Well…it just so happened that there was a period of time during this whole experience with fatigue that, rather ironically, I was not sleeping well!! Crazy, I know. But true. There was a week or so that I was really having a hard time going to sleep at night. I thought maybe that was a sign that I no longer needed my afternoon nap, so I stopped them, cold turkey, for three days. It didn’t help. I just ended up feeling more exhausted during the day. In the same vein that I had suggested meditation to my husband, I tried praying. It didn’t help. I did enjoy having the “extra” prayer time…but it did nothing to help me go to sleep! I tried my never-fail “relax-every-muscle-in-your-body” technique. For the first time ever, I got all the way to the top of my head (not even sure what muscles there are at the top of my head!…??)…and then just laid there, still awake, not sure what to do. It didn’t work. I even tried working my way through the alphabet, trying to think of good things. Not only did it not help me go to sleep, I got terribly bored with it before I was halfway through! Maybe I had just bored my kids to sleep with that little exercise….?! 🙂 Nothing worked. I remember feeling as though my body had simply forgotten how to go to sleep. It was a pretty unsettling feeling, and one I was not familiar with at all, and certainly one I would have scoffed at (at least in my head…) had my kids or husband ever uttered those words. But it was true. It was real. It was frustrating! And there didn’t seem to be anything I could do about it, other than just wait it out.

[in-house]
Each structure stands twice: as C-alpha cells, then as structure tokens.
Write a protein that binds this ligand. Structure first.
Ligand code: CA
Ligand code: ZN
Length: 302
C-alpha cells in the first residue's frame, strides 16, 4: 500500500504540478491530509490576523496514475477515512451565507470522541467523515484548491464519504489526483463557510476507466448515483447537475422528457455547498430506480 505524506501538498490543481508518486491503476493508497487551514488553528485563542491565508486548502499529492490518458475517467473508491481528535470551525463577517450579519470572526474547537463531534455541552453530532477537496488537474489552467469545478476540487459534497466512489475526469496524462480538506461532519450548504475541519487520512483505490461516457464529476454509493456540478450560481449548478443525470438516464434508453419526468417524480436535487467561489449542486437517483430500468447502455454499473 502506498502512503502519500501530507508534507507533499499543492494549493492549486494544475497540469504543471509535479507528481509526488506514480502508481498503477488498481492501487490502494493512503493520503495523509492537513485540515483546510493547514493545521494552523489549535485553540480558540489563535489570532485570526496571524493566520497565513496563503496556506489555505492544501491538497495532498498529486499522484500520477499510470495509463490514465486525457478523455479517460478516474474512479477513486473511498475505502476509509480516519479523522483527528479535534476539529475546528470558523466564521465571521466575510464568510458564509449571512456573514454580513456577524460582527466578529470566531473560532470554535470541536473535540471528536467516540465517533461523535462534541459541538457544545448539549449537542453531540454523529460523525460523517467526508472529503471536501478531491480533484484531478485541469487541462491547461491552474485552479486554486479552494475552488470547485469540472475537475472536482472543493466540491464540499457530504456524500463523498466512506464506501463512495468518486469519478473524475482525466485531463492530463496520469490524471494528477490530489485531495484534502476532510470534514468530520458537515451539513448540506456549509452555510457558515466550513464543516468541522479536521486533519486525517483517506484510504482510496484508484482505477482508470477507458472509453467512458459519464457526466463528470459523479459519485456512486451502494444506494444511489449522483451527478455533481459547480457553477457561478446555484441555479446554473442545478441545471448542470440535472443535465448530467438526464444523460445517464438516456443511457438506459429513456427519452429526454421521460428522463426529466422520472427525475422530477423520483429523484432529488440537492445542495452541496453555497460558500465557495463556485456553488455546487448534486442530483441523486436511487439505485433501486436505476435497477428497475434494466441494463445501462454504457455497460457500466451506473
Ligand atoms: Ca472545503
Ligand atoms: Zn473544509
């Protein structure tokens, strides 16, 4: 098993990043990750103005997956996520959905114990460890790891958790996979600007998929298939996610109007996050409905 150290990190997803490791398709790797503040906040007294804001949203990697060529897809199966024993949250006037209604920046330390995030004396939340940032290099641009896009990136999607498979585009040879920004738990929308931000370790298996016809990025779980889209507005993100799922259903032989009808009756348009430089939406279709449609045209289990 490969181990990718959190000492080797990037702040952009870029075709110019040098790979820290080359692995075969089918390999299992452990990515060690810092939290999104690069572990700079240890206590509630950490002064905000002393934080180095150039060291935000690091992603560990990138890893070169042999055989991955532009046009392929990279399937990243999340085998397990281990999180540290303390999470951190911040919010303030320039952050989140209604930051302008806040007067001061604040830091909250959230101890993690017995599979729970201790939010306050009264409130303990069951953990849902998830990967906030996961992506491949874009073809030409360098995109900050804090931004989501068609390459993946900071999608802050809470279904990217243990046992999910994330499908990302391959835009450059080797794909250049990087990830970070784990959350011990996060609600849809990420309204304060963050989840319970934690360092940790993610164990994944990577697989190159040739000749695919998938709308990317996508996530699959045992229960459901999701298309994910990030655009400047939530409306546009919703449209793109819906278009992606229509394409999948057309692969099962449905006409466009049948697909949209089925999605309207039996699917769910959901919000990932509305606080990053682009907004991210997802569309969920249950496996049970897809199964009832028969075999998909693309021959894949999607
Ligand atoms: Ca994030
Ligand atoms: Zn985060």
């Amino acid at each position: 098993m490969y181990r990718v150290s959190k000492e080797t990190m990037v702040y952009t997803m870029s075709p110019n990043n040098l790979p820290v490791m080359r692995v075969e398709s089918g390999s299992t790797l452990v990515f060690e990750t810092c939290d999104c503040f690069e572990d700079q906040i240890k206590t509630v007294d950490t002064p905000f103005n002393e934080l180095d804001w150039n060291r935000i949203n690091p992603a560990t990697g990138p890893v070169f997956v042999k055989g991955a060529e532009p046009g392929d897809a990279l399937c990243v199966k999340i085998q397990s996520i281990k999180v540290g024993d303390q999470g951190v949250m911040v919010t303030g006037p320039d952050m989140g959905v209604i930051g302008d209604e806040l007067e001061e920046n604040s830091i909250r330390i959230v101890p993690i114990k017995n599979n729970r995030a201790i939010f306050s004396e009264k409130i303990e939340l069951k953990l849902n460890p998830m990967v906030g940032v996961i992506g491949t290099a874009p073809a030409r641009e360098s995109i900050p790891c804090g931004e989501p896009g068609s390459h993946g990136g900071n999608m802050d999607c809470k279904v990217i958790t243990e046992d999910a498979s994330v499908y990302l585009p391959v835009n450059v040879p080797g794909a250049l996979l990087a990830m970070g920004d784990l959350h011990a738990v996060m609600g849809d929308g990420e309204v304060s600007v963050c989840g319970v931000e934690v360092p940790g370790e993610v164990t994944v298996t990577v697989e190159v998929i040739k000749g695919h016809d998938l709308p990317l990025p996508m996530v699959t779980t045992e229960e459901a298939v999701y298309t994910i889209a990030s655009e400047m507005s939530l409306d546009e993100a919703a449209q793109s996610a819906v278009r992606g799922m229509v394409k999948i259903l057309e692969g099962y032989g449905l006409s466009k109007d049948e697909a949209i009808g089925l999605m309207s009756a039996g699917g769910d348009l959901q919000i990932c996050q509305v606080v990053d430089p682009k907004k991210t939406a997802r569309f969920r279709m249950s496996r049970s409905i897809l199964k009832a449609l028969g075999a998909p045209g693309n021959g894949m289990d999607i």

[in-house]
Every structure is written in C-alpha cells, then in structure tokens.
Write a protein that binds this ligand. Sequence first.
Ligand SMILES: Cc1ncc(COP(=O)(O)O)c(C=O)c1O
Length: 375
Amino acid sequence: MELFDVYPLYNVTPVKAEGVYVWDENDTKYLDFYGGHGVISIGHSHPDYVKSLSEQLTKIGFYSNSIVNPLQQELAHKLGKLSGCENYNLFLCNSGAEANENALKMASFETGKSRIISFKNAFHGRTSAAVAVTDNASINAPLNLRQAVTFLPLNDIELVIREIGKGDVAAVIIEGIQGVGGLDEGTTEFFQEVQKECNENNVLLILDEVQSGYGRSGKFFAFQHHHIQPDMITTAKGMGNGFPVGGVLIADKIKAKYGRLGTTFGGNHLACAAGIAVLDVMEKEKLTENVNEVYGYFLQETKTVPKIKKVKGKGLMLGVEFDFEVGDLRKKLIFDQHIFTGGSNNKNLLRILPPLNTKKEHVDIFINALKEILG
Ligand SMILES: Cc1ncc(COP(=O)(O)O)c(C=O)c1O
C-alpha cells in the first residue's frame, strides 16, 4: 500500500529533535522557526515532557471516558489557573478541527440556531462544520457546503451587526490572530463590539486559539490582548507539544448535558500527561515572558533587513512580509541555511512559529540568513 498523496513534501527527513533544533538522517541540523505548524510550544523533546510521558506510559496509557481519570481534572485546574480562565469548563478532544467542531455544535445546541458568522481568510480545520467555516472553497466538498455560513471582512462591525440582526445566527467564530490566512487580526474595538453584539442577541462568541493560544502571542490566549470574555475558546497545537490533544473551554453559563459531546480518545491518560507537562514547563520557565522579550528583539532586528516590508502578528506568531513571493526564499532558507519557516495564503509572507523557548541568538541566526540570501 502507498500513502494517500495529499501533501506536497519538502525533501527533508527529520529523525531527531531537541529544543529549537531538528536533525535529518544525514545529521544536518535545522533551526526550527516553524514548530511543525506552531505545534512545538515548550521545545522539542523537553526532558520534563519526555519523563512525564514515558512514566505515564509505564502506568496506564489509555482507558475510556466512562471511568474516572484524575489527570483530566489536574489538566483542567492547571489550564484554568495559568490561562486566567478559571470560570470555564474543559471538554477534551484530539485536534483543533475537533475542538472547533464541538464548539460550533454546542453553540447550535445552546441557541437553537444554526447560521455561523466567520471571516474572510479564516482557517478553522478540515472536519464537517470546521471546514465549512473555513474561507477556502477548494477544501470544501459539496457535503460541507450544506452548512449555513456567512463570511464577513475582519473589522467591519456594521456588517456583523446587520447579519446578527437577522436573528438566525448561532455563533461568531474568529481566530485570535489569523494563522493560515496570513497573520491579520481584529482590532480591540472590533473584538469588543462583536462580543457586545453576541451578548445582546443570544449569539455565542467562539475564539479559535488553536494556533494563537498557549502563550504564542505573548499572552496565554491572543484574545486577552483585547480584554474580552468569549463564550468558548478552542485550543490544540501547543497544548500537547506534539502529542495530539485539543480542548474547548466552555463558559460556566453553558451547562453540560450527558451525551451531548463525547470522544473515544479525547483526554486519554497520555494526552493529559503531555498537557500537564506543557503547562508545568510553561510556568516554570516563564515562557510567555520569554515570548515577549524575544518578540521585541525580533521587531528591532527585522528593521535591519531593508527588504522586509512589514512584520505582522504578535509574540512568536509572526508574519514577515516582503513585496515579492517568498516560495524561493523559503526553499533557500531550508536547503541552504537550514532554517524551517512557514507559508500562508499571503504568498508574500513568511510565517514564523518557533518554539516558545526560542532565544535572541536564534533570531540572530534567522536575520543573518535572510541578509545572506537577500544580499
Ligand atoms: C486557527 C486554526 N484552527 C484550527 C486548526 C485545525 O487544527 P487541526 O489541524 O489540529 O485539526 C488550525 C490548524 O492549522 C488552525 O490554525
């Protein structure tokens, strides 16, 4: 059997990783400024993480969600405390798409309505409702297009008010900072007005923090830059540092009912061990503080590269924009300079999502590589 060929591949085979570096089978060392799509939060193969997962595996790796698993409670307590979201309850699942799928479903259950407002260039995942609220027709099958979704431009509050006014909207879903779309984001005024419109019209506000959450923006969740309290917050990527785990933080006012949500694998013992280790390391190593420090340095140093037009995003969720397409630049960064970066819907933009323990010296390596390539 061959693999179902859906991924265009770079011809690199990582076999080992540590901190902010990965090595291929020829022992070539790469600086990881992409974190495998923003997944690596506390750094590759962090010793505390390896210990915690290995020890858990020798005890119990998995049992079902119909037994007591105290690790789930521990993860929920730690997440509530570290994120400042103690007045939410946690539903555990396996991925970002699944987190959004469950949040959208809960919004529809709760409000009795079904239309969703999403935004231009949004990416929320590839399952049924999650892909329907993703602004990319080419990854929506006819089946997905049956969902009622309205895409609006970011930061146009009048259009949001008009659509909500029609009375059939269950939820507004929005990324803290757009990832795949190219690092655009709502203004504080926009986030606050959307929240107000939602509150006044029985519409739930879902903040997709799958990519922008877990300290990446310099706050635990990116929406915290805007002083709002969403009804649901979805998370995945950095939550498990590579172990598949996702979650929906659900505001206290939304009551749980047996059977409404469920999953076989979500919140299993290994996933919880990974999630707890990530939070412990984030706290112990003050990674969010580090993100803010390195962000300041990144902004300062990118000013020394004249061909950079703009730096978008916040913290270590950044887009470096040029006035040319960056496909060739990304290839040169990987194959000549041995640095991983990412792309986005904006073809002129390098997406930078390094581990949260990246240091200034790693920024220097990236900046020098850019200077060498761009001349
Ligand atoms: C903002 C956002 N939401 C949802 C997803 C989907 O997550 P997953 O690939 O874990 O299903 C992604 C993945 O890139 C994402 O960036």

Fortunately, it didn’t last very long. By the time a week or so had passed, I was back to sleeping well again (even with my afternoon nap). And not only was I far more appreciative of what truly is the gift of good sleep, but just as importantly (or even more?), I had learned that going to sleep is not necessarily a simple matter! Nor does the inability to go to sleep have a simple solution. Neither my husband nor my children (nor anyone else who might be experiencing any difficulty going to sleep near me in the future! 🙂 ) would ever have to deal with my know-it-all, what’s-wrong-with-you-just-go-to-sleep attitude, or simple, pat solutions to their sleep troubles again. Through my brief experience of having difficulty sleeping, I had been given an opportunity to grow in compassion for those who experience that more often…. Lesson learned! 🙂
Lesson #2 had to do with people who are natural introverts. Stay tuned! 🙂